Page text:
The website for the 3 Eagle Trail is at:

Since the Eagle River segment of the trail is so new, the map on the web site does not include the segment.  Here is a jpeg of the new trail map:

Updated trail map, including the new Eagle River segment

Updated trail map, including the new Eagle River segment

The weather is great – so get out and do some riding on the new trail!

3E 2 bikers

The Drummers of Spring

Story and photos by Dan Anderson.  Layout and production by Diane G. Anderson.  Population graph by Keith McCaffery and Mike Worland

Everyone in the Northwoods has heard it, but not everyone knows what it is.  Some describe it as the sound a small motor makes when starting.  Others say it sounds like a far off bass drum.  Some can’t seem to hear it at all, since it is so subtle.  But that noise you hear coming from the woods is the sound of a male ruffed grouse standing on a log and beating his wings against the air to attract a mate.

(Click to hear the sound of a drumming grouse)

Starting in early April, and lasting as late as early June, ruffed grouse will be drumming.  It can be heard at all times of the day, but the best time to listen for it is in the first hour of daylight.  Windless conditions make it much easier to hear, and the ideal situation is a calm, overcast morning with seasonably warm temperatures.  The peak of drumming activity in the Vilas area is the last 10 days of April, although because of the late spring this year, they didn’t start until about May 1.

Grouse are famous for their boom and bust population cycle.  Generally speaking, it follows a 9 to 11 year pattern with peaks in years ending with a 9 or a 0.  The bottom of the cycle tends to be in the middle of the decade.  Despite massive amounts of research, the cause of the cycle remains a mystery.  It may be tied to an influx of avian predators from Canada, who head south when the snowshoe hare population crashes.  It may also be influenced by the changing nutritional value of aspen buds, the favorite grouse food.  It probably involves both of these factors, as well as several other variables such as weather and snow depth in the winter (deep snows help grouse by allowing them to roost under it to keep warm and avoid predators).  The only thing that is known for sure is that the 10 year cycle is real and well documented.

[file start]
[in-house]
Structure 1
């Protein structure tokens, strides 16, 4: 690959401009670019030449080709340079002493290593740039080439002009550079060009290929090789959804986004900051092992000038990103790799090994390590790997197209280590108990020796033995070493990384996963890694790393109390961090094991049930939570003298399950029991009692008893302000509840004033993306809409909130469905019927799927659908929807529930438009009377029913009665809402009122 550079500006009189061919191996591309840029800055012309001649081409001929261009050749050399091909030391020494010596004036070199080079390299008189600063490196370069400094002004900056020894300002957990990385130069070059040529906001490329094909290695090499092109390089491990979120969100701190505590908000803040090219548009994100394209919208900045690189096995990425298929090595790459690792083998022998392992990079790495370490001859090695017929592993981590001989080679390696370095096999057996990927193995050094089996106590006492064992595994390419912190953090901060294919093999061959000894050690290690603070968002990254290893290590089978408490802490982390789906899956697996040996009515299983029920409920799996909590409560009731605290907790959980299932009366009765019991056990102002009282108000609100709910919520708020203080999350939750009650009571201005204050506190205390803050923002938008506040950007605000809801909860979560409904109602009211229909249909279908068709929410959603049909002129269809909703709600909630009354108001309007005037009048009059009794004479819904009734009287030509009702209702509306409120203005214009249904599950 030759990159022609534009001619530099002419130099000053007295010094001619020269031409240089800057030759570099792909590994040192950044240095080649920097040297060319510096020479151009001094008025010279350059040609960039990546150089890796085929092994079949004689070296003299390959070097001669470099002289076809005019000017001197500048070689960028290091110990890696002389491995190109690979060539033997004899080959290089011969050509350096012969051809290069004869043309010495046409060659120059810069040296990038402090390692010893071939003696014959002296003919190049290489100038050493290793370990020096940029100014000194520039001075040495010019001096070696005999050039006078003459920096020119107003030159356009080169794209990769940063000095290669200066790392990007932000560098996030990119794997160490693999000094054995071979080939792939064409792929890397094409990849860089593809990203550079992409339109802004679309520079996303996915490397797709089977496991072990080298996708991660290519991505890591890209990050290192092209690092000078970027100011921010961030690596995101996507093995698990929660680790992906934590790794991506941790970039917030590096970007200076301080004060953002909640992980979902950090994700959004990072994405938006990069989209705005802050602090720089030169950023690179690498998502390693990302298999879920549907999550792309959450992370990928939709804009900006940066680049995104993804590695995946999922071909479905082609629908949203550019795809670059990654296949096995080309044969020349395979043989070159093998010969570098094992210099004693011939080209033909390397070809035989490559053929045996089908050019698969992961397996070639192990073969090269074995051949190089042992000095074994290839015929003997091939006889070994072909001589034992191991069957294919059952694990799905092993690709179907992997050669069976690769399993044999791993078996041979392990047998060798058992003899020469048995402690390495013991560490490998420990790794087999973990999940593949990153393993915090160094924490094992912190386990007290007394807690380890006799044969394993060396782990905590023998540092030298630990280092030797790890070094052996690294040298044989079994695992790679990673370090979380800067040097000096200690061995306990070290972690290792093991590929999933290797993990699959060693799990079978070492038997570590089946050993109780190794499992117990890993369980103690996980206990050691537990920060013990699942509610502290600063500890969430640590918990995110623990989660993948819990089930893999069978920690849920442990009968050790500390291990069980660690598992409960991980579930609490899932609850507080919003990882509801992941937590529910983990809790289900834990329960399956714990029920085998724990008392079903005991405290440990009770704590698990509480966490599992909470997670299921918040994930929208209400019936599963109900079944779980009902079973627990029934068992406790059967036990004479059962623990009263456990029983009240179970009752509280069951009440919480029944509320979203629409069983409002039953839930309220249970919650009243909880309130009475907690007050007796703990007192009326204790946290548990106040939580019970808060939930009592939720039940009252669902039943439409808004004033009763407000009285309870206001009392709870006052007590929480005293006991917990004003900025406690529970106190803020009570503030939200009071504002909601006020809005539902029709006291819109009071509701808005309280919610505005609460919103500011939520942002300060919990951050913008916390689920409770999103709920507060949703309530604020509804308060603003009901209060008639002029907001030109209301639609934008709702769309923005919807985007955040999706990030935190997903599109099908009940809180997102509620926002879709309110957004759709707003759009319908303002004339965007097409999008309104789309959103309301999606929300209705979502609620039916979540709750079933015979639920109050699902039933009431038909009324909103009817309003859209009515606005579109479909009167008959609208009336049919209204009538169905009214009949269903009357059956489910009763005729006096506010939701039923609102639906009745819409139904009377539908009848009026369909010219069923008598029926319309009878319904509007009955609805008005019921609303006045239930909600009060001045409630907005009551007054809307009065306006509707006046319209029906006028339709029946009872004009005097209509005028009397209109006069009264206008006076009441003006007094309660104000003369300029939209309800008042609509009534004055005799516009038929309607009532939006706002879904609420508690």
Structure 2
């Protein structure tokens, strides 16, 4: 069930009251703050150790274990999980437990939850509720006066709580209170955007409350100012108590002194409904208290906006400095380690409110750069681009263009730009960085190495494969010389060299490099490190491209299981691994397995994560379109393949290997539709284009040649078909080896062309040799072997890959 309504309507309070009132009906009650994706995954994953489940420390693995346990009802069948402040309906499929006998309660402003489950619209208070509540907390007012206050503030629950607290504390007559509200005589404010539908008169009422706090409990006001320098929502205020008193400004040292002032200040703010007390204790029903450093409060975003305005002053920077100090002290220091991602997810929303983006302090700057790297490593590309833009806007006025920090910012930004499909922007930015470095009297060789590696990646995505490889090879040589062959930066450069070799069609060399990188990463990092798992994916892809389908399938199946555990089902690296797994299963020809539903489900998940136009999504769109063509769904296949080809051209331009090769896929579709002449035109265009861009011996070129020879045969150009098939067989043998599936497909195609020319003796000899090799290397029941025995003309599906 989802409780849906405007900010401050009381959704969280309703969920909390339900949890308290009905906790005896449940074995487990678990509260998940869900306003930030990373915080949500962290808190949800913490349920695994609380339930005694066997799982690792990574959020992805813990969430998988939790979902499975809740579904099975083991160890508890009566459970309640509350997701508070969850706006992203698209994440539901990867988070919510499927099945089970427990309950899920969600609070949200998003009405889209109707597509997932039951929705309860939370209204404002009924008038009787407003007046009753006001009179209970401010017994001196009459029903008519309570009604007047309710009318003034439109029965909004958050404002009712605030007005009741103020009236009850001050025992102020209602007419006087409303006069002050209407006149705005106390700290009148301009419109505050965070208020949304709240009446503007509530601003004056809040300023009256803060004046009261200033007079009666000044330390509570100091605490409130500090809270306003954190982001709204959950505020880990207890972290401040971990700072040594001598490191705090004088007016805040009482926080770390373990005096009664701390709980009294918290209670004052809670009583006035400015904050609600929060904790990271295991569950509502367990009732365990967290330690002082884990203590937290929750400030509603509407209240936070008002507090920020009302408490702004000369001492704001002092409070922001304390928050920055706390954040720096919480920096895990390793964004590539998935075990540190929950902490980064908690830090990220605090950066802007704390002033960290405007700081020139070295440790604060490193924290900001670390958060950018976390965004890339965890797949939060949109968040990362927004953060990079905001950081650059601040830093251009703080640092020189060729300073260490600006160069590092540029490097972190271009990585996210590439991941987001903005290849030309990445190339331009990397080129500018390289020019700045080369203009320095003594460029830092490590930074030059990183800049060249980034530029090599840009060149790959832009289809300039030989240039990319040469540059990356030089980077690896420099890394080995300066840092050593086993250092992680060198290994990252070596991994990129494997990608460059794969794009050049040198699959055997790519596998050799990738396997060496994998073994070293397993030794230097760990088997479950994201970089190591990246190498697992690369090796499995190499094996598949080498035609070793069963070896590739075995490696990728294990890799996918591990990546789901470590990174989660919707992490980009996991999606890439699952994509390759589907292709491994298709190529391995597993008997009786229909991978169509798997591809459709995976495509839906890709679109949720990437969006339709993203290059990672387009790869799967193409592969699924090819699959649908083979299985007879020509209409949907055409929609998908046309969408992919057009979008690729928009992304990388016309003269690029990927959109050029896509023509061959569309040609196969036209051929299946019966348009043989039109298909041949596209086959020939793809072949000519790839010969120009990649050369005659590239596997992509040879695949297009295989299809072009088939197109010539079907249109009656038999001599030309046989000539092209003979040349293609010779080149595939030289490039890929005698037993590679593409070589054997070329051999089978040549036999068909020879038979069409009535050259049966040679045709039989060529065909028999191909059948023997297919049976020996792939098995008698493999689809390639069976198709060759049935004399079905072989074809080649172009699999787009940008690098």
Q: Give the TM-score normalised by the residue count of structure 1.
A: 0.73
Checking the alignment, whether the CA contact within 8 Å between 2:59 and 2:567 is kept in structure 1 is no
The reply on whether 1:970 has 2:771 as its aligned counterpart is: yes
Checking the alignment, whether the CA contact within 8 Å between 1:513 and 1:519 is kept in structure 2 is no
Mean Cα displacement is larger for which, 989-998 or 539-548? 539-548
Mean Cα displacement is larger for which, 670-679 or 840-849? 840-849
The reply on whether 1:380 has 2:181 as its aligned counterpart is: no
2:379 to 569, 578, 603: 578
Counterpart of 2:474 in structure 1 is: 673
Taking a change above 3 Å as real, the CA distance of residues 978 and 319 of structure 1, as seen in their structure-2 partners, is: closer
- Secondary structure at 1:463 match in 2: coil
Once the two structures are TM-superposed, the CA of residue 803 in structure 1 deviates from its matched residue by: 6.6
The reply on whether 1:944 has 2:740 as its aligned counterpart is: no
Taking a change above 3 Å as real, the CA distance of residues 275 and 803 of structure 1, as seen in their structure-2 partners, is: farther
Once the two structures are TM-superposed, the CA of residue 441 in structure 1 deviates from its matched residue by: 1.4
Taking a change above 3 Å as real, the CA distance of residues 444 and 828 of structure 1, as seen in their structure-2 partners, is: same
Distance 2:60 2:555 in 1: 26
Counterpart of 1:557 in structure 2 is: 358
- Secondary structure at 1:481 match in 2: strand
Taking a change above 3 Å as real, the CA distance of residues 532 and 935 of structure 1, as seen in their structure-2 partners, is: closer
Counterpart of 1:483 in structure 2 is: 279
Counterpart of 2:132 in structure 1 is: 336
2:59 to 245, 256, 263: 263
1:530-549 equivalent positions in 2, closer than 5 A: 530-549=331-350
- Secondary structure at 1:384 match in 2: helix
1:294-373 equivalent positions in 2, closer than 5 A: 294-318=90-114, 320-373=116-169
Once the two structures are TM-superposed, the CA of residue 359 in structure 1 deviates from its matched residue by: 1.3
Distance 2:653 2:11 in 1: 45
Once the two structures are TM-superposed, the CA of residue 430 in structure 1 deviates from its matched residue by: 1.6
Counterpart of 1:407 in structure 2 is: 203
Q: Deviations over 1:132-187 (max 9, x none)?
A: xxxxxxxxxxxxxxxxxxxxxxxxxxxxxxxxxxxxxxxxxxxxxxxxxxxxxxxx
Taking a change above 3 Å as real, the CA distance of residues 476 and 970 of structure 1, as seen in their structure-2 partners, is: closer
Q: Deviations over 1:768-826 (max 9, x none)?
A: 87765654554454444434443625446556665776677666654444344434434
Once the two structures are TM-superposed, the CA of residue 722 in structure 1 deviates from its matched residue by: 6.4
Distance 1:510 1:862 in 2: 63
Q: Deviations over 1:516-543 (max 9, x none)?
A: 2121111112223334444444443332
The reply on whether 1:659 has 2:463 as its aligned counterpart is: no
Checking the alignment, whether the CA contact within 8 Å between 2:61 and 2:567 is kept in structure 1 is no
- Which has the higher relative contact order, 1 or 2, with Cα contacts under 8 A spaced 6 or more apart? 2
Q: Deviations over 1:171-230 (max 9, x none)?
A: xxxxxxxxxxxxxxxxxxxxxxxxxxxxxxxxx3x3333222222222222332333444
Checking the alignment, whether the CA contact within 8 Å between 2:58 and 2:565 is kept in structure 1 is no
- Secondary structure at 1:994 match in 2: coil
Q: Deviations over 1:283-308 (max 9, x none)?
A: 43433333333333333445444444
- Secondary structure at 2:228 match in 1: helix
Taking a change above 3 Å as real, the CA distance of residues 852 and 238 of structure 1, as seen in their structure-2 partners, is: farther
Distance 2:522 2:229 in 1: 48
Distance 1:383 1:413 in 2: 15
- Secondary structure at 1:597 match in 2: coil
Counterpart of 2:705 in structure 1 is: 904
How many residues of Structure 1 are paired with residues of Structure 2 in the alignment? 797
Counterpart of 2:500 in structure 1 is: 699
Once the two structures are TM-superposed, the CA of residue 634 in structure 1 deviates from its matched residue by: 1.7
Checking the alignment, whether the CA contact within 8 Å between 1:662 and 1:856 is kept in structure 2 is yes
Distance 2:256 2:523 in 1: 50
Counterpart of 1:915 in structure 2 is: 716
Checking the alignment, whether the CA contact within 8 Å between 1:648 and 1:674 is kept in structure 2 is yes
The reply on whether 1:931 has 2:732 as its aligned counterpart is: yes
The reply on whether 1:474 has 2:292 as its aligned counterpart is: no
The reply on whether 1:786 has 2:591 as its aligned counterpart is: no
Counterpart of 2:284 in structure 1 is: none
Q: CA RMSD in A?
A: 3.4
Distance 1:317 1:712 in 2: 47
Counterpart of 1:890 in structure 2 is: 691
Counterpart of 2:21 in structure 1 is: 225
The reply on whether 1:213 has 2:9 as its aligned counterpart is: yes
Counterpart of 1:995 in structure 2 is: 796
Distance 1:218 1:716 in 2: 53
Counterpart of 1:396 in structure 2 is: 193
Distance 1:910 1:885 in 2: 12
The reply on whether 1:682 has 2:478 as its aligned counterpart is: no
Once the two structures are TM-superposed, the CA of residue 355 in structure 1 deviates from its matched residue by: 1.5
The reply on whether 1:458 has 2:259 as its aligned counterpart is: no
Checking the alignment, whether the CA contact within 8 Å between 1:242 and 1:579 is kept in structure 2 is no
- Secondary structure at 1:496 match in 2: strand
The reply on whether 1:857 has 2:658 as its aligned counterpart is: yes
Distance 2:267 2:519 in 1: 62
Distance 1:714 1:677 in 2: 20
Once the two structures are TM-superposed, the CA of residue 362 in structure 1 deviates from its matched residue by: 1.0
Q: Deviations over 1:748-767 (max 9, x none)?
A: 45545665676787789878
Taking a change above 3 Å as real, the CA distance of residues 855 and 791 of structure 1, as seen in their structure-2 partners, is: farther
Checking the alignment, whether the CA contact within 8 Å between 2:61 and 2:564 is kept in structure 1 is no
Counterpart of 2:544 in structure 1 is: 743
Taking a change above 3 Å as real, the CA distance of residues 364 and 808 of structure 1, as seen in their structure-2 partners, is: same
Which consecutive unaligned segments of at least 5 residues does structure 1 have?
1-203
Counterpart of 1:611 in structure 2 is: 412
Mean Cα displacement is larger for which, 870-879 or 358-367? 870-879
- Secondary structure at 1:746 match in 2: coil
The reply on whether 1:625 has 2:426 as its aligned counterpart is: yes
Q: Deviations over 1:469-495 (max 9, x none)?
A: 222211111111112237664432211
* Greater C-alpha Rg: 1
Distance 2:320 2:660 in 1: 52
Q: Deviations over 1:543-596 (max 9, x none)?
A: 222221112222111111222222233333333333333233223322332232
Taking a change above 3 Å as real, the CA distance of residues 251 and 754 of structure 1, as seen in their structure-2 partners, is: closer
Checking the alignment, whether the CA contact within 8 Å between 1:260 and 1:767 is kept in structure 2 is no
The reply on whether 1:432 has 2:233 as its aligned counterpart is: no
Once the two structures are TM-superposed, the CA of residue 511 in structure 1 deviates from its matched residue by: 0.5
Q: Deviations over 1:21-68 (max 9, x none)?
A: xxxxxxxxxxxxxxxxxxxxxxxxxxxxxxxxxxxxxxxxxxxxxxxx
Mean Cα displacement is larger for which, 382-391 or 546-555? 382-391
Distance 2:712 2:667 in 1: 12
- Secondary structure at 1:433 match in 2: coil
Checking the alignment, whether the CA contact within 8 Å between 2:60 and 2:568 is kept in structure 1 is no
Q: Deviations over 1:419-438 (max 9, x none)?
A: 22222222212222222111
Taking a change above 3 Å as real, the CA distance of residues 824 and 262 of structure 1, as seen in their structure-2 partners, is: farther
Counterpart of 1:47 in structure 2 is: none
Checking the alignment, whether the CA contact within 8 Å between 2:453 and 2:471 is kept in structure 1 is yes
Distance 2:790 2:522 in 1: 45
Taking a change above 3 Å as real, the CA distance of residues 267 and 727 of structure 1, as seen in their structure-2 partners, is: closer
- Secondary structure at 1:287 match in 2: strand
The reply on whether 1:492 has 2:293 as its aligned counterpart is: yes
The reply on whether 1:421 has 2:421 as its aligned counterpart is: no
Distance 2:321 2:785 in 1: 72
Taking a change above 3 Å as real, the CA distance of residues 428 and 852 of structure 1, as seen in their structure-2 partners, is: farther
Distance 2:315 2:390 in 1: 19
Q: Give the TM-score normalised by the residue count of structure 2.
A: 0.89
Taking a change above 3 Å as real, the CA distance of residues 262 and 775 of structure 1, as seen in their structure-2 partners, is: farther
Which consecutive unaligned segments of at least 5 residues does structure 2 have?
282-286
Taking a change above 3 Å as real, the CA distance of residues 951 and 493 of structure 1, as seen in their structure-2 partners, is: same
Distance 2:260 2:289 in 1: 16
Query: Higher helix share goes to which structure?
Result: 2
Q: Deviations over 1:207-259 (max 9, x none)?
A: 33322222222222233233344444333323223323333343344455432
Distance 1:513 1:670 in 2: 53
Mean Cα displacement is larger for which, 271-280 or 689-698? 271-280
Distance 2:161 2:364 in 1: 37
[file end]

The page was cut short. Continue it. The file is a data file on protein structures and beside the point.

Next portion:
Drumming grouse offer wildlife managers an excellent way to track grouse populations.  Researchers count the number of drumming grouse they hear, using established  protocols  to ensure an “apples to apples” comparison.  Wisconsin hosts the longest running grouse population study in the country near Stone Lake, between Rhinelander and St. Germain.  I have been participating in this study the last two years.

I hit the woods no later than 5:15 AM.  Many of the drumming logs in my research compartment have been marked by GPS, but the essence of my job is to listen for current drummers and try to pin down their location.  So when I hear a drummer in the pre-dawn gloom, I quickly take a compass reading and head toward it.  But here’s the thing – following a straight line compass bearing through dense forest and swamp sucks!  It includes getting whipped in the face by alder branches, going over your boots in swamp water, and falling flat on your face after tripping on deadfall.  And the worst of it is that the grouse will often stop drumming before you get close enough to find his log.  The best outcome is to flush the bird off his drumming log, which then gets GPSed and measured.  Then I count the white poops.  Yes, poops.  A log with less than about 20 poops is considered a secondary log.  But the real prize is the log with 100 or more poops, which indicates the primary drumming log.

Grouse poops next to drumming log

Grouse poops next to drumming log

The goal of the work is to accurately establish the number of drumming males in my compartment.  This is added together with the number of drummers in several other research compartments. This in turn is compared to drumming counts from the past 45 years to establish the status of the grouse cycle and other population trends.

stone lake graph

Graph by Keith McCaffery and Mike Worland